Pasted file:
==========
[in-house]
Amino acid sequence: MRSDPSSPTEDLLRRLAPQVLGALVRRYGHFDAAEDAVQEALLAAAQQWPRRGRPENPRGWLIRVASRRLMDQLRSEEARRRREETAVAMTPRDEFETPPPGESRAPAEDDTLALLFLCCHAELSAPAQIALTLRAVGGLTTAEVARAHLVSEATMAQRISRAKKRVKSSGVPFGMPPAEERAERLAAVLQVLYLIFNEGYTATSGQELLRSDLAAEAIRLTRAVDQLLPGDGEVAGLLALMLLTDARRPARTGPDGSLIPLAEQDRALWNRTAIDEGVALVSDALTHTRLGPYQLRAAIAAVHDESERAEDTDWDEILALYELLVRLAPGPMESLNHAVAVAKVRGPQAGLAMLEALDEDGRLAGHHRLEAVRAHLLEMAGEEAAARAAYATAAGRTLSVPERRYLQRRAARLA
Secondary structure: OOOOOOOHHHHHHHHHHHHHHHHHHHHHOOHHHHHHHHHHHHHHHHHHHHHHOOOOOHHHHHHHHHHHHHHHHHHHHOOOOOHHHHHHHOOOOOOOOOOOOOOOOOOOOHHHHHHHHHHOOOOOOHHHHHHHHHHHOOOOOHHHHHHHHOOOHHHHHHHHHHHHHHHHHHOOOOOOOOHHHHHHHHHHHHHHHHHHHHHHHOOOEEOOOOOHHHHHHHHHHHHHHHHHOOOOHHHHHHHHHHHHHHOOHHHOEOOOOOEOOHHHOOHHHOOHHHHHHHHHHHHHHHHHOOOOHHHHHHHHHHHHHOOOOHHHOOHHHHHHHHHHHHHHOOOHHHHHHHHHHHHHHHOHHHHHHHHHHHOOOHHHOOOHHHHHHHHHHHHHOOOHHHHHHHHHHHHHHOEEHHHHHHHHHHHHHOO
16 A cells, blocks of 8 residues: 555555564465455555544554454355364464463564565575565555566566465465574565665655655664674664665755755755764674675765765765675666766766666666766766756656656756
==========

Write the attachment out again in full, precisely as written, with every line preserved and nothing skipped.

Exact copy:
[in-house]
Amino acid sequence: MRSDPSSPTEDLLRRLAPQVLGALVRRYGHFDAAEDAVQEALLAAAQQWPRRGRPENPRGWLIRVASRRLMDQLRSEEARRRREETAVAMTPRDEFETPPPGESRAPAEDDTLALLFLCCHAELSAPAQIALTLRAVGGLTTAEVARAHLVSEATMAQRISRAKKRVKSSGVPFGMPPAEERAERLAAVLQVLYLIFNEGYTATSGQELLRSDLAAEAIRLTRAVDQLLPGDGEVAGLLALMLLTDARRPARTGPDGSLIPLAEQDRALWNRTAIDEGVALVSDALTHTRLGPYQLRAAIAAVHDESERAEDTDWDEILALYELLVRLAPGPMESLNHAVAVAKVRGPQAGLAMLEALDEDGRLAGHHRLEAVRAHLLEMAGEEAAARAAYATAAGRTLSVPERRYLQRRAARLA
Secondary structure: OOOOOOOHHHHHHHHHHHHHHHHHHHHHOOHHHHHHHHHHHHHHHHHHHHHHOOOOOHHHHHHHHHHHHHHHHHHHHOOOOOHHHHHHHOOOOOOOOOOOOOOOOOOOOHHHHHHHHHHOOOOOOHHHHHHHHHHHOOOOOHHHHHHHHOOOHHHHHHHHHHHHHHHHHHOOOOOOOOHHHHHHHHHHHHHHHHHHHHHHHOOOEEOOOOOHHHHHHHHHHHHHHHHHOOOOHHHHHHHHHHHHHHOOHHHOEOOOOOEOOHHHOOHHHOOHHHHHHHHHHHHHHHHHOOOOHHHHHHHHHHHHHOOOOHHHOOHHHHHHHHHHHHHHOOOHHHHHHHHHHHHHHHOHHHHHHHHHHHOOOHHHOOOHHHHHHHHHHHHHOOOHHHHHHHHHHHHHHOEEHHHHHHHHHHHHHOO
16 A cells, blocks of 8 residues: 555555564465455555544554454355364464463564565575565555566566465465574565665655655664674664665755755755764674675765765765675666766766666666766766756656656756